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Welcome to Melbourne Foodie. The blogspace of a young foodie with a passion for cooking, fine dining and quality food and produce. Melbourne Foodie, along with the other sources I write for is my way of casually expressing and recording some of the experiences I have had for others to enjoy. I always welcome any feedback, comments or restaurant suggestions you may have and would love to hear from you soon.

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Happy eating,
Jon!




Friday, April 11, 2008
Attica is Amazing!
There is something rather special about eating really good food. The emotions that it creates and the "high" that follows is like no other. Attica certainly gave me that high last night. I left the restaurant uplifted, whistling and wading along the streets, and no it was not the wine talking - I didn't drink a thing. Put simply, Attica is amazing. The food is described as a contemporary approach to Australian cooking with subtle leanings to the East. It is creative, artfully presented and most importantly tastes sensational. Well worth the drive out to Ripponlea.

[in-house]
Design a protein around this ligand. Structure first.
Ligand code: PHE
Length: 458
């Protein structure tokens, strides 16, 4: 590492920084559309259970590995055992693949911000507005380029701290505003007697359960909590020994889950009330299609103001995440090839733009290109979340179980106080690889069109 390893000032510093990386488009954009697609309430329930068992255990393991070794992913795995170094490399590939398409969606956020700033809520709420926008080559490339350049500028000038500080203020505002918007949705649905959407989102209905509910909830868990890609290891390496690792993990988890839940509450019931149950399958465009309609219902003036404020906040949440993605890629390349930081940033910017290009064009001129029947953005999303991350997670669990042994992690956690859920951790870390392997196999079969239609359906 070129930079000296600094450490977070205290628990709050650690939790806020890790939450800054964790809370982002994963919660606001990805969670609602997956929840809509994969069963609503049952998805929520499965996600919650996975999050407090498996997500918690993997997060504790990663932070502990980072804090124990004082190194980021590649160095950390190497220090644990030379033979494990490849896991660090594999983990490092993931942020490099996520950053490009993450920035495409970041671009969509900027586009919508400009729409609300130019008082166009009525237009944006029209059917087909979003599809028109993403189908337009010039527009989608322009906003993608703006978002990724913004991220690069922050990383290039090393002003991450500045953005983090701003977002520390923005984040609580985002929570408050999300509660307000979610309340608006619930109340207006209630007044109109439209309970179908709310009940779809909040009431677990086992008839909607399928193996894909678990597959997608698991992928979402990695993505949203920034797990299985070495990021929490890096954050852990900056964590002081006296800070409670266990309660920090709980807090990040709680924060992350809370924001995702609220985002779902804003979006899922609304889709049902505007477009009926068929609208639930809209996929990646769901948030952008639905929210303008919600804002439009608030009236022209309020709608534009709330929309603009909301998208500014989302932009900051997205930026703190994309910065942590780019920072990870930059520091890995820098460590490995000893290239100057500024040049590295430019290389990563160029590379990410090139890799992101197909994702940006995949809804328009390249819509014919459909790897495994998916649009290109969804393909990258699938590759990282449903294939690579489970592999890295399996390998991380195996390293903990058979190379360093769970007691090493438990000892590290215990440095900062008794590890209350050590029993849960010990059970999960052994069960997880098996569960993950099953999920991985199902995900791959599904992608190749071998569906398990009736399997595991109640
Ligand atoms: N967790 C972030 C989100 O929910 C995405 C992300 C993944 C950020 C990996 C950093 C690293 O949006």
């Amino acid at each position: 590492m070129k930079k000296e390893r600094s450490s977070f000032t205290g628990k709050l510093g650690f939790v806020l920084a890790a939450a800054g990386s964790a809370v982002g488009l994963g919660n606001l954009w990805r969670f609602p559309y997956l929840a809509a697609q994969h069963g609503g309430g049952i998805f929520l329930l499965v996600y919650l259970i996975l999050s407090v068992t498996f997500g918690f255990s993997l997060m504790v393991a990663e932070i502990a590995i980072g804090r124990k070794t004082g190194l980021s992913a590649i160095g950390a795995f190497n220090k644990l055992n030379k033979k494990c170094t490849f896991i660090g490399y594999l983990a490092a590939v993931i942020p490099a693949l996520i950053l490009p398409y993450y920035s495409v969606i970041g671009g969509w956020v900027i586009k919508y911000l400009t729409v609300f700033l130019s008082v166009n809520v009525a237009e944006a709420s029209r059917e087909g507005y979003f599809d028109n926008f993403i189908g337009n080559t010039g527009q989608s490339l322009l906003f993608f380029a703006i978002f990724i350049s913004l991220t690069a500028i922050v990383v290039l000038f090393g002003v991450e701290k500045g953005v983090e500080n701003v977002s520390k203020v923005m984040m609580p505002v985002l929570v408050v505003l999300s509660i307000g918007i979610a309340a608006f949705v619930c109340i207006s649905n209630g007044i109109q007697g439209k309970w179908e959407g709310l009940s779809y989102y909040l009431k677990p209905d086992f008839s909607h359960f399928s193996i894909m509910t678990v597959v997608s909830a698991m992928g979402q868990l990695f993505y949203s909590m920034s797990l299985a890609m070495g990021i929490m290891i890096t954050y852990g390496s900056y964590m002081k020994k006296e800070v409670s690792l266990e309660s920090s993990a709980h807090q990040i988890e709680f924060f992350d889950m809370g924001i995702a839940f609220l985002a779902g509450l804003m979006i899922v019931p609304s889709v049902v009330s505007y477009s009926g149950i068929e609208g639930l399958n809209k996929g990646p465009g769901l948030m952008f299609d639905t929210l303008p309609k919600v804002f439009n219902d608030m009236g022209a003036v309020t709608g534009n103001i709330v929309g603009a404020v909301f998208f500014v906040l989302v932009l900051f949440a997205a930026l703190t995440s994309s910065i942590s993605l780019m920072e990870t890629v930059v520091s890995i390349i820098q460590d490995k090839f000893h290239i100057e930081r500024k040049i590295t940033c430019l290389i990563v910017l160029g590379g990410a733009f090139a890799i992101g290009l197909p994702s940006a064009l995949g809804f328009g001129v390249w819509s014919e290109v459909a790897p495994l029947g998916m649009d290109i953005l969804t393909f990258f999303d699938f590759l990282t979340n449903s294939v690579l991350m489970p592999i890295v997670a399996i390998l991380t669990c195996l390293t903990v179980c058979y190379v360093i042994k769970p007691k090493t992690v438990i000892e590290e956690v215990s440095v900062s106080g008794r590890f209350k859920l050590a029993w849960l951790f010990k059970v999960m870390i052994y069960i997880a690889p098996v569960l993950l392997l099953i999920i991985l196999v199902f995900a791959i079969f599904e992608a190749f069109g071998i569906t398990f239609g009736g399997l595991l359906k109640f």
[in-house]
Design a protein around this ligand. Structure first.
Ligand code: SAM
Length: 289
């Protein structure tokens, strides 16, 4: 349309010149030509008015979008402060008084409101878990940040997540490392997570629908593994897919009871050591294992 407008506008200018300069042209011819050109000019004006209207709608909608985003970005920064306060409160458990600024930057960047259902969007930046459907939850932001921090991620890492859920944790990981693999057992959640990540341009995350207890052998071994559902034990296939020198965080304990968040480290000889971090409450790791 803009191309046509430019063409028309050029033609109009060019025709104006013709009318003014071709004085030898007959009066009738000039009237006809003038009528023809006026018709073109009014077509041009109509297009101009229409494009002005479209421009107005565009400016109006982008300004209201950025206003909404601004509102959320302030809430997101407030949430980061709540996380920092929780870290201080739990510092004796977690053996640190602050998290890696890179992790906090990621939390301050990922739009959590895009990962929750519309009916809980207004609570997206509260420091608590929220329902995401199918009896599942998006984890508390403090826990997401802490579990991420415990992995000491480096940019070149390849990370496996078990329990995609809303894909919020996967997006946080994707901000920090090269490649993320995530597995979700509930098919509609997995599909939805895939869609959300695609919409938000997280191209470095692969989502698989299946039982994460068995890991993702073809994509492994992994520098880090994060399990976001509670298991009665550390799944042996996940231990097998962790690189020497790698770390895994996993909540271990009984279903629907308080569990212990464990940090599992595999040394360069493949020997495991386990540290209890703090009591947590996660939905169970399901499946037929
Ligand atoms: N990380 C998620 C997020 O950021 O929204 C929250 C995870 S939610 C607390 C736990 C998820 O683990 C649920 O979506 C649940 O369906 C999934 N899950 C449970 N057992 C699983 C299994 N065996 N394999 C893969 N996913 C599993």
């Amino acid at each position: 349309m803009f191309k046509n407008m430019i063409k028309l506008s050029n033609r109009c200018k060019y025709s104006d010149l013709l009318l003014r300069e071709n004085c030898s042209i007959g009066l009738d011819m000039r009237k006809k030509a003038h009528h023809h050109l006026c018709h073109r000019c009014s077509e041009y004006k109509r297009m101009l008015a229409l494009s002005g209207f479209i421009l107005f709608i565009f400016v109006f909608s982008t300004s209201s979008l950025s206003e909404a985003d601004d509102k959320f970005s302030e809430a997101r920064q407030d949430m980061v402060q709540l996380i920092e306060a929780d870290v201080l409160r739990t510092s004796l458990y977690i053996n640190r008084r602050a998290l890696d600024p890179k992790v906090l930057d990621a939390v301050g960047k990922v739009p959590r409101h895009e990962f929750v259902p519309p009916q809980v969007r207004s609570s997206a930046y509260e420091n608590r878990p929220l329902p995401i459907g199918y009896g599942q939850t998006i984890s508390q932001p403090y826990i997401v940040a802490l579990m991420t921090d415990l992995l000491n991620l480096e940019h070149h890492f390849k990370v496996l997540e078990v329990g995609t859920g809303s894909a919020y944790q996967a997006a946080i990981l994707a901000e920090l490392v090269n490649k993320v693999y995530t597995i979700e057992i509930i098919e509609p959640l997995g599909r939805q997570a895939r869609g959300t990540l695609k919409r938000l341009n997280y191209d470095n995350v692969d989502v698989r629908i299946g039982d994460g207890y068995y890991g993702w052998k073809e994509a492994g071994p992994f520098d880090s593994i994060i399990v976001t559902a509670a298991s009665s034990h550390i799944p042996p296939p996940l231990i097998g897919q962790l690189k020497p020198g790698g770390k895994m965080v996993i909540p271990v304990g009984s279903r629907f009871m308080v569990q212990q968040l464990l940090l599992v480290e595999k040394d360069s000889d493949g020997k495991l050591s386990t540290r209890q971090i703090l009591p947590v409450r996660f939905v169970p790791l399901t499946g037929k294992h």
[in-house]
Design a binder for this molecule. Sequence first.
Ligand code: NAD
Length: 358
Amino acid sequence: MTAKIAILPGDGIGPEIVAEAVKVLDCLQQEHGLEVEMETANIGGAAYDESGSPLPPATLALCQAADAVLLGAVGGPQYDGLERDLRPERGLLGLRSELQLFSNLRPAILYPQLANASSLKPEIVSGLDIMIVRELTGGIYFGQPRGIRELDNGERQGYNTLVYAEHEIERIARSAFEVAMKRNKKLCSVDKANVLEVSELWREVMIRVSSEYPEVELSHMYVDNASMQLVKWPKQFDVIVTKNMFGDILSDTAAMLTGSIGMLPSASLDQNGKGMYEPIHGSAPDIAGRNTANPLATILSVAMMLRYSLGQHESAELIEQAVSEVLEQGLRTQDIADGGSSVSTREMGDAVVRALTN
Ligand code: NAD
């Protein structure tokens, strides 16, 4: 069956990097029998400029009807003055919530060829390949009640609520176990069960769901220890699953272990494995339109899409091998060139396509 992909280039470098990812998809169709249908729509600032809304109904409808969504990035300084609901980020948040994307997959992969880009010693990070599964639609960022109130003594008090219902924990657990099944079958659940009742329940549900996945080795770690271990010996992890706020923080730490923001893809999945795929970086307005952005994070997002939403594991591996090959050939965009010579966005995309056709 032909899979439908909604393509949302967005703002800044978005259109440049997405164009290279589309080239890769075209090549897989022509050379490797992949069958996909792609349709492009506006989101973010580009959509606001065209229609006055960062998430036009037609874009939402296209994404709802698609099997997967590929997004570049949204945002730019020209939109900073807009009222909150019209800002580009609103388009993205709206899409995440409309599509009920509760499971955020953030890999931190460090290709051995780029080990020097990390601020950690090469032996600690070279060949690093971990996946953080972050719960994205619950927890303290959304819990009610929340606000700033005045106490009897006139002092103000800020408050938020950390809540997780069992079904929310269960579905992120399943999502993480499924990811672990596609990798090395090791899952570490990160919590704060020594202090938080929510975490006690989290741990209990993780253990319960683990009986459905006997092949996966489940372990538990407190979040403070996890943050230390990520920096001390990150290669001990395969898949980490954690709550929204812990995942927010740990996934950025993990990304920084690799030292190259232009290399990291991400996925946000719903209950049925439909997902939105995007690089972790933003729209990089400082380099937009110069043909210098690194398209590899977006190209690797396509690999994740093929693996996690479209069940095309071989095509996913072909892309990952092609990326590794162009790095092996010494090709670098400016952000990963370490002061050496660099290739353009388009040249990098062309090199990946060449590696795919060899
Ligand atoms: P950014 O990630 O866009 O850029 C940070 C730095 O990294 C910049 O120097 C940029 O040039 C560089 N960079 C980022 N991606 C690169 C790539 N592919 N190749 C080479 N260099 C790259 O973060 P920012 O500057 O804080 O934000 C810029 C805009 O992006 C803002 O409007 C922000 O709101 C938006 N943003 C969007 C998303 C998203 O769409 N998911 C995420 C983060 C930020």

In the style of restaurants like Fenix and Interlude the menu at Attica is written based on the ingredients of the dish. Most of the dishes have a deconstructed composition, showcasing all of the ingredients in their raw form. I got to experience this in full capacity last night, enjoying the tasting menu: a selection of eight courses that altogether create a dining experience to savour. I have it on good authority that Tuesday nights are another opportunity not to be missed; with chef Ben Shewry (Gourmet Traveller's best new talent, amongst other things) presenting a five course experimental tasting menu, showcasing a range of his newest creations. The cost of this experience: $69 - good value for the sort of food that one ultimately gets to experience. This is certainly something I look forward to trying in the future.

The dining room at Attica is intimate and well set out with soft lighting, banquets along the walls and a comfortable feel to the place. There is a bar station and seating near the entrance, and two separate main dining rooms. Service is seamless and professional in every way. There is never a moment when drinks need filling; and every dish is presented with a thorough explanation by the servers. The passion is evident, and all whom I come across are well informed and enthusiastic about their jobs, happily servicing the requests of all patrons. They are a true asset to the restaurant.

With all this being said its time to talk about the food. Almost everyone in the dining room was ordering the spice-crusted lamb, which did look sensational. I however wanted the full experience and proceeded with Attica's tasting menu ($110) - an eight-course extravaganza, each course as memorable as its predecessor.

To start off with bread is presented: a choice of sourdough or multigrain. Shortly after I receive an amuse guele, which immediately whits the palette making me yearn for more.